In message <email@example.com>, Ken Quirici <firstname.lastname@example.org> writes >> Consider a system consisting of a single straight line and the points >> >> thereon. It satisfies all Euclid's explicit postulates (and Pasch's >> >> axiom) but circles have only two points in their circumferences and >> >> circles with a common radius do not intersect. There are no equilateral >> >> triangles. >> >> > >there's problem in that his definitions include (at least in Heath's >translation) surface - that which has length and breadth only. > >Does this vitiate your statement? > No, the axioms don't imply that a surface exists.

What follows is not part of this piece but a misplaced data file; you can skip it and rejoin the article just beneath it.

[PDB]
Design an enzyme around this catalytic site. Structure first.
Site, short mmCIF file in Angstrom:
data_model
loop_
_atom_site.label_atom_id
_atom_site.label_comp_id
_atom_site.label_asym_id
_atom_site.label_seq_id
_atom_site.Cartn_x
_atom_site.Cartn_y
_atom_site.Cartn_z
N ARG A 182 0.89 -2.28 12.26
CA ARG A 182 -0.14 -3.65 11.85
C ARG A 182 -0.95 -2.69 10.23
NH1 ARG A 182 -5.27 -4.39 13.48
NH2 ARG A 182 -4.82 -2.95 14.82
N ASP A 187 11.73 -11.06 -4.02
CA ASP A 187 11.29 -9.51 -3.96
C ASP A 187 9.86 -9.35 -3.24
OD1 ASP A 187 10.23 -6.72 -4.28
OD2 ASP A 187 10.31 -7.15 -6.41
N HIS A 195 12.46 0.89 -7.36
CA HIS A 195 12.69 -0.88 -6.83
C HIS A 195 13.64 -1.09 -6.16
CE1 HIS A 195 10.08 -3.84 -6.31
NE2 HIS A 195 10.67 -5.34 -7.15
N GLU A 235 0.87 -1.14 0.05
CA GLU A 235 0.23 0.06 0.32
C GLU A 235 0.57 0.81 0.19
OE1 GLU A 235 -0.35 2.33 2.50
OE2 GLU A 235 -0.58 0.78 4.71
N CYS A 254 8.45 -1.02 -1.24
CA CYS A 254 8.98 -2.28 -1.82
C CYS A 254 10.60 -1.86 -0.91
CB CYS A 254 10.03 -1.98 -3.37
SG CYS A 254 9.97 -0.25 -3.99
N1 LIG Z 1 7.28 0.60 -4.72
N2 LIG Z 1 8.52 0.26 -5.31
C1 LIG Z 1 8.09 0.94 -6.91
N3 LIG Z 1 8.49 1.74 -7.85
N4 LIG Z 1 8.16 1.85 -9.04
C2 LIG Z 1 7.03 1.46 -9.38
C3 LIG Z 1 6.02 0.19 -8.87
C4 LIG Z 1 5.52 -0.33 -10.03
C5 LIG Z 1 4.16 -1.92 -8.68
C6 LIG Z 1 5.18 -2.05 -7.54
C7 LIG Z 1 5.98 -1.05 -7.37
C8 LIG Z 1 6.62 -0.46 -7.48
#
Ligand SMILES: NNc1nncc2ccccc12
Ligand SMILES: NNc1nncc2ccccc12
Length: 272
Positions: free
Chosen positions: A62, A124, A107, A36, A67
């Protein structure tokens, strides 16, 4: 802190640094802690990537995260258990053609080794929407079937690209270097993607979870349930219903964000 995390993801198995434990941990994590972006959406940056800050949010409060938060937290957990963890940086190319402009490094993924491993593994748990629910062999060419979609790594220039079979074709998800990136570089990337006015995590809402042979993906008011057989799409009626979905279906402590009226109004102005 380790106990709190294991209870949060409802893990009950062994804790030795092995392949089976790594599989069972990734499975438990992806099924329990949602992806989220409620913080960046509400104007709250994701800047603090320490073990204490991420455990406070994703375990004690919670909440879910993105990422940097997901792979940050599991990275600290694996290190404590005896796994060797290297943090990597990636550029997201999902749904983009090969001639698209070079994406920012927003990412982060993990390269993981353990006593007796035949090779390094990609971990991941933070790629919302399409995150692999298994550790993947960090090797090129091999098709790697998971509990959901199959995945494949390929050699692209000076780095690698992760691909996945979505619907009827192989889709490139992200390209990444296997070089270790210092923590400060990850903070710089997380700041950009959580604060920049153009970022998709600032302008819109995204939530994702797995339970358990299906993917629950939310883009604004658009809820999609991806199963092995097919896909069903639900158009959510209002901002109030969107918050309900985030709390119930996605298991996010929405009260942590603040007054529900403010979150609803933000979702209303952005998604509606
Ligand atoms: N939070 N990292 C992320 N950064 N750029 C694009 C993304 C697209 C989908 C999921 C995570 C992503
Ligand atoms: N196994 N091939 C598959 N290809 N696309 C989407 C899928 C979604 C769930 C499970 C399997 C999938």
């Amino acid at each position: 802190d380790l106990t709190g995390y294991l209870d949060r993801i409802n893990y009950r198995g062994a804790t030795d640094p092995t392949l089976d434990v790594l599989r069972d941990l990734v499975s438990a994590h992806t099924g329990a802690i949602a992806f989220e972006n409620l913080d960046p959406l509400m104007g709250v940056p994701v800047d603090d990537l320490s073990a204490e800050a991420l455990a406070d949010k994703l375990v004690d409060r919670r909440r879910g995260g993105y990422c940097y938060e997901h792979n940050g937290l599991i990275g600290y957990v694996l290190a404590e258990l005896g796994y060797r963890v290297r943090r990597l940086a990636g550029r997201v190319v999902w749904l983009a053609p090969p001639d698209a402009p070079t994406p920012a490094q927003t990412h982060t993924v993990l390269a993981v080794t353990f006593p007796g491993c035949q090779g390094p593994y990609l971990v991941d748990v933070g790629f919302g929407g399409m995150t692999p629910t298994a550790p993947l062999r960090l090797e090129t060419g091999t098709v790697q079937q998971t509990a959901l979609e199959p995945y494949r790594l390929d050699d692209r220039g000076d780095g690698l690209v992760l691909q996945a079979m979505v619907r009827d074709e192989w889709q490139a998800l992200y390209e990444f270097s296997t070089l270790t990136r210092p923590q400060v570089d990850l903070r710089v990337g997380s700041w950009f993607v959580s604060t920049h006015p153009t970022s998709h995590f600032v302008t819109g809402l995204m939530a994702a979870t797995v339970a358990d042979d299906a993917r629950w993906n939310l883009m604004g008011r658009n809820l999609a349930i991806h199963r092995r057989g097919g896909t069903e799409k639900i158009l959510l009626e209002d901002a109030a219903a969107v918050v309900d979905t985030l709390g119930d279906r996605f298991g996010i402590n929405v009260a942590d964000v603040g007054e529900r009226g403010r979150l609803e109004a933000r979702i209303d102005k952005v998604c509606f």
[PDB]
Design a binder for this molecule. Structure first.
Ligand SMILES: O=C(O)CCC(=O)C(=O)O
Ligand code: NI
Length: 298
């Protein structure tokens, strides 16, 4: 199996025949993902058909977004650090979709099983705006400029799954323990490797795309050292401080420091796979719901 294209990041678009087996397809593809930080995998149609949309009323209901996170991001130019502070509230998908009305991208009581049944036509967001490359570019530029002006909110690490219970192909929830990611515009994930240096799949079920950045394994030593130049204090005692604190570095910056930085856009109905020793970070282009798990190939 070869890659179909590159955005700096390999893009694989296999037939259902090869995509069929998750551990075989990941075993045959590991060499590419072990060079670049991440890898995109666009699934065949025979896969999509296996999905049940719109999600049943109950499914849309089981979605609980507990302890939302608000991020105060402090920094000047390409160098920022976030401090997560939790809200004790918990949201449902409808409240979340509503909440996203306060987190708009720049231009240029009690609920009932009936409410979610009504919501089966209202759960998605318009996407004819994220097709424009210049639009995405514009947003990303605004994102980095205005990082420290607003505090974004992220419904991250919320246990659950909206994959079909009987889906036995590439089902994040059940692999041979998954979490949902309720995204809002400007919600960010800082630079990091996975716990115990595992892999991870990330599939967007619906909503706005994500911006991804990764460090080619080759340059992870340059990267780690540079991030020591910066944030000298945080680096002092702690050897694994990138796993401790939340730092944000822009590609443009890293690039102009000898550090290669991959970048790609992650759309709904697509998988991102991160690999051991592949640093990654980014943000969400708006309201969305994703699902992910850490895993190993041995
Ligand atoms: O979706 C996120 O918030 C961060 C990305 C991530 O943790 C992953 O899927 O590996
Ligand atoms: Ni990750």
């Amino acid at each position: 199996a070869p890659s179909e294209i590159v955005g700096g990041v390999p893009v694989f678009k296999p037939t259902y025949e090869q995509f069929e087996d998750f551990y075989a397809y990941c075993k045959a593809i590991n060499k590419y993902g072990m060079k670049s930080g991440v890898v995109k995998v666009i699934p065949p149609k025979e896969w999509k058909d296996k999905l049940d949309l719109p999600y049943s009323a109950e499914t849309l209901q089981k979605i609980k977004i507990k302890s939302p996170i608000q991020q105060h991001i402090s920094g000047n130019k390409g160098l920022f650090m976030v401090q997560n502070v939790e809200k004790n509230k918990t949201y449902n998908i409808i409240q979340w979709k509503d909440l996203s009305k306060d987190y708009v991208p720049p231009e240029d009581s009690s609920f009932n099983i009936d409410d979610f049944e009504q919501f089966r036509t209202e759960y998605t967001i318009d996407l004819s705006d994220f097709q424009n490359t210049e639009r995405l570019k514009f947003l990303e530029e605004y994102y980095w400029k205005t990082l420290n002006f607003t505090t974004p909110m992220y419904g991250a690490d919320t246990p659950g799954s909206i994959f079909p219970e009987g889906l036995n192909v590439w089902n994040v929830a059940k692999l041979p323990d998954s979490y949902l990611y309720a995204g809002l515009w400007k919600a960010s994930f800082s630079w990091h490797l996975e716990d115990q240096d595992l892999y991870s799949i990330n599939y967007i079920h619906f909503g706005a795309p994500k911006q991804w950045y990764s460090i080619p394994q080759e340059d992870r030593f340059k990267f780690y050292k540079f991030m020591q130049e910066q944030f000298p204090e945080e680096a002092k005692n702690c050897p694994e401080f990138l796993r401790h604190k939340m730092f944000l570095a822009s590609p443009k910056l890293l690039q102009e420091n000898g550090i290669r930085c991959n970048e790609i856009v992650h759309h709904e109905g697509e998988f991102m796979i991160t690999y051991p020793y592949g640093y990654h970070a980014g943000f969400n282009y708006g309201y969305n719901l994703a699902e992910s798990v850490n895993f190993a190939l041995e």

Of course the problem of non-standard models like the one I've suggested is trivial to fix. Just add axioms to say that there is at least one line and a point not on that line, (and a plane which does not contain the line if you want 3-D). I assume, from the discussions I've seen on the web, there are models which satisfy this but still have circles which don't intersect even though they "should". Further Googling would probably turn up an example but for now it's more fun trying to find one on my own.
.... >Thanks. I'm hoping Moise's book on Elementary Geometry from an Advanced >Standpoint will provide a sufficiently rigorous approach. Have you read >it? If so, is it sufficiently rigorous?
No I haven't read it. I've never studied Euclid's axioms before.